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10. Last but not least!

The best part of winter is that it provides lots of opportunities for cozy snuggles in front of fires and heaters. Love and snuggles are always important, but make sure you do not leave your dog or cat unattended in front of fires and unprotected heaters. Cats, especially, can get too close to fires and singe their fur and skin badly while they doze off in the heat!

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Winter immunity for your pets!

Take a Holistic Approach to Pet Health this winter! (Plus FOUR great discounts!)

Winter is on its way! The cold weather can be hard on pets, just like it can be hard on people. Our animals need immune support as much as we do – whatever the weather!

The immune system of a dog or a cat is as complex as the immune system of a human. Your pet’s immune system has a very important goal: to keep the body safe and healthy from infection and disease and to recover quickly after illness. When an animal’s immune system is rundown, he or she is open to disease.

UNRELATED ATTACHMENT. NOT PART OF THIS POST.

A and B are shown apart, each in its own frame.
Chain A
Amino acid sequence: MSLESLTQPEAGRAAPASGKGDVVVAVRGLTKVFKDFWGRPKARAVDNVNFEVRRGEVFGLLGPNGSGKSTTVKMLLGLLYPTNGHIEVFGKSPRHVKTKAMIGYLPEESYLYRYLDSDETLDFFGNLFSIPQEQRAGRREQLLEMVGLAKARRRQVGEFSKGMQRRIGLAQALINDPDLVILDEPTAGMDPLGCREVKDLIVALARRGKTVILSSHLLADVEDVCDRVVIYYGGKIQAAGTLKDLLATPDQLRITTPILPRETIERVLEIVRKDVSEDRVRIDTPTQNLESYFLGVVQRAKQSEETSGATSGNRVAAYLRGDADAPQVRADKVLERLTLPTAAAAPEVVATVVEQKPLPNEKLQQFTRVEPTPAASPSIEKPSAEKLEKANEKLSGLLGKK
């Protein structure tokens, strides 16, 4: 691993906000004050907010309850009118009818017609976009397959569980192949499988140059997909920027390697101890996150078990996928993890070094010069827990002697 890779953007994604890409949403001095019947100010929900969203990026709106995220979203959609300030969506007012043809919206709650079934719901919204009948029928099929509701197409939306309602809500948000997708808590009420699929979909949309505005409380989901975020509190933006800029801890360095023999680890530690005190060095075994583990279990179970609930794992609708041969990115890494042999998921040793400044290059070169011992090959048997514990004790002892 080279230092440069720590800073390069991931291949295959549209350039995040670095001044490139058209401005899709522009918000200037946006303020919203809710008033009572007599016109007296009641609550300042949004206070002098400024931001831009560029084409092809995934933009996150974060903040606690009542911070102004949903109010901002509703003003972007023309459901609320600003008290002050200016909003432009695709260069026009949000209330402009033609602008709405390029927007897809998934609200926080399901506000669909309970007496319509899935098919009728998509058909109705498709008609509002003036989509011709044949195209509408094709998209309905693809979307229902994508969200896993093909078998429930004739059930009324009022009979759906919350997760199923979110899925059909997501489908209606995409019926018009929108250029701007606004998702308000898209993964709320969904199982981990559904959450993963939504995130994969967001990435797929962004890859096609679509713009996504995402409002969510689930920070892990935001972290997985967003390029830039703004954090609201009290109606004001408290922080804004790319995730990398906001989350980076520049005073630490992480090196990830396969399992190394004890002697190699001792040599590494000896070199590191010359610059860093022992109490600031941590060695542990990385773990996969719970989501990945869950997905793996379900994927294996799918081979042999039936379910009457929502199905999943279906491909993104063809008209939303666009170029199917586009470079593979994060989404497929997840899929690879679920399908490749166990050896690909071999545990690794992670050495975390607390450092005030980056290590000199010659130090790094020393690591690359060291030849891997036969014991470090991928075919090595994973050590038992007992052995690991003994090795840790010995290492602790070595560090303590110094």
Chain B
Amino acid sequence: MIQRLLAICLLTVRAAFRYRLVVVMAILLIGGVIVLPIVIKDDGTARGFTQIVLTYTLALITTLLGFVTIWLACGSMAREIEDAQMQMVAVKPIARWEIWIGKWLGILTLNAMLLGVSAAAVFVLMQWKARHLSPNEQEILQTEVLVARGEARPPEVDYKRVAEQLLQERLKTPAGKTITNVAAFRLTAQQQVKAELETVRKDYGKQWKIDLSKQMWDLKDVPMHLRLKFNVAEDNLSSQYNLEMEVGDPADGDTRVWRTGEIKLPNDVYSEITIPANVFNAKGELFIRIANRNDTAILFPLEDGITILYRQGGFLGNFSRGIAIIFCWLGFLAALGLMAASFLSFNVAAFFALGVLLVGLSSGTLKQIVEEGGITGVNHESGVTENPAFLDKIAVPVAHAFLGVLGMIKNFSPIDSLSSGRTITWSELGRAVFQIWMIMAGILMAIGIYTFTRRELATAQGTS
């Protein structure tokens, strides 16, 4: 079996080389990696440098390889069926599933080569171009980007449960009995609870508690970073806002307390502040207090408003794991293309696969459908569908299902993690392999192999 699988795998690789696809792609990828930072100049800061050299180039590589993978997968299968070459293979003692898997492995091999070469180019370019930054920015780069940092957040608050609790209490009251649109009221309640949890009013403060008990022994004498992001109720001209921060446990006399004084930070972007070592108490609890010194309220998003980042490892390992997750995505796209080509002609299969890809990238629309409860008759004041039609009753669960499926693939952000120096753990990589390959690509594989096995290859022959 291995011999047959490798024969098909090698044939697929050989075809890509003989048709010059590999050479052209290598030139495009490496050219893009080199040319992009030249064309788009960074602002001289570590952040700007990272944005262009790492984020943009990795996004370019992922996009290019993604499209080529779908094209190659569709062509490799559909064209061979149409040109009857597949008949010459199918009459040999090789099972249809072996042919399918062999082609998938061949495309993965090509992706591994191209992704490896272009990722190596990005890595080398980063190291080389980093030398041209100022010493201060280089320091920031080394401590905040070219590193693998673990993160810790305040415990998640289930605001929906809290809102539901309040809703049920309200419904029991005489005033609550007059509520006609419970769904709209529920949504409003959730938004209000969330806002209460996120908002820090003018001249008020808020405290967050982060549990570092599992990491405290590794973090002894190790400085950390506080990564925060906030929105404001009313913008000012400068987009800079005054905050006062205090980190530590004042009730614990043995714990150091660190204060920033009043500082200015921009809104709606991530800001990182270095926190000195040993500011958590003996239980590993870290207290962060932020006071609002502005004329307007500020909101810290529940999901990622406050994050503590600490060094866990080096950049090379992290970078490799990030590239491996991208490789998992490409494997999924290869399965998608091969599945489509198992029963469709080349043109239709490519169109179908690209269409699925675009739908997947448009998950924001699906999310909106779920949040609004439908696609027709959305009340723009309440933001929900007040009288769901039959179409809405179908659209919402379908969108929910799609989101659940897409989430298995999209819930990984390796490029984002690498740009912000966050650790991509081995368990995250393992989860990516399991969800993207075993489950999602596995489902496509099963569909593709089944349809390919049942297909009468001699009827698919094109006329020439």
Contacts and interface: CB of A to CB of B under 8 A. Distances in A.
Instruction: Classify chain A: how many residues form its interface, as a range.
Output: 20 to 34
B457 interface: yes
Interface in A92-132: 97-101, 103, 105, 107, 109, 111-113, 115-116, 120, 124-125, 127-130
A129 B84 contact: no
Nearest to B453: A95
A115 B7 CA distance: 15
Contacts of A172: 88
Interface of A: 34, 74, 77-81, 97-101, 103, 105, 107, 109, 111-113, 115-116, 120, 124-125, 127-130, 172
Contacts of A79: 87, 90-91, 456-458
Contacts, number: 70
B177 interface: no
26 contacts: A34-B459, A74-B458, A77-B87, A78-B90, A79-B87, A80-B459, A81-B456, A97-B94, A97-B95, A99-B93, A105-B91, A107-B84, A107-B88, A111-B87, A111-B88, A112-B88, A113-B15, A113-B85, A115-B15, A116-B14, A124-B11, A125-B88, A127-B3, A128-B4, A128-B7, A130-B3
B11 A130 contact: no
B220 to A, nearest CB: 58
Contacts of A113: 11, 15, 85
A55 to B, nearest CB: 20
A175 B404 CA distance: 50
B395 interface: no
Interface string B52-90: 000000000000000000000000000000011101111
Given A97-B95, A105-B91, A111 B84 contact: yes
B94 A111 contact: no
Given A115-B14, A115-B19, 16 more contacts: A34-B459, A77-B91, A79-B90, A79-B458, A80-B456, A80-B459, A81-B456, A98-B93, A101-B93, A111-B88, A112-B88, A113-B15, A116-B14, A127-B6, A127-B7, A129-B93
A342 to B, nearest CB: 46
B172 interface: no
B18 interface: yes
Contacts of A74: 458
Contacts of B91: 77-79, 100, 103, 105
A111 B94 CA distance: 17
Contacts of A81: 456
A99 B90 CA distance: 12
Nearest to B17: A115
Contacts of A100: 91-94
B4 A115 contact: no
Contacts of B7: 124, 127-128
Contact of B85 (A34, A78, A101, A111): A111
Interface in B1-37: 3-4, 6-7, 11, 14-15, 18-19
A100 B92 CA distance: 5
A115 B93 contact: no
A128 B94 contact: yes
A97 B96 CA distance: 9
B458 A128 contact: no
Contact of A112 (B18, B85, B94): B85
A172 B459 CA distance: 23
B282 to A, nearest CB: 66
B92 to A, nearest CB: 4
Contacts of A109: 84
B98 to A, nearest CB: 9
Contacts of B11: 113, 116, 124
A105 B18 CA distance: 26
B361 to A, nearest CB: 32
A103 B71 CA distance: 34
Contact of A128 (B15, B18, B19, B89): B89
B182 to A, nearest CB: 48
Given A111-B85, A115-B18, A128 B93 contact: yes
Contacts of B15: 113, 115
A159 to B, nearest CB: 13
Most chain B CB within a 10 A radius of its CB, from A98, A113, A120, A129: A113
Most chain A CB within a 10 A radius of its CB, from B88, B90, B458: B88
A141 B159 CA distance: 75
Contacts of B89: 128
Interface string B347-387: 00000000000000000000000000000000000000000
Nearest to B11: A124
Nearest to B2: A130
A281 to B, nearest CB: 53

What causes the immune system to be rundown?

There are a number of ways your dog or cat’s immune system may become run down or suppressed. Many illnesses, particularly those caused by viruses, can attack and invade the cells of the immune system, thereby reducing its effectiveness. Poor nutrition, stress, neglect or abuse, or even environmental pollutants, can affect the ability of the immune system to respond, making your animal more susceptible to disease. Overuse or long-term use of medications such as antibiotics and corticosteroids are often used to treat infections or diseases but can also suppress the immune system – causing it to become weak and unable to function as it should.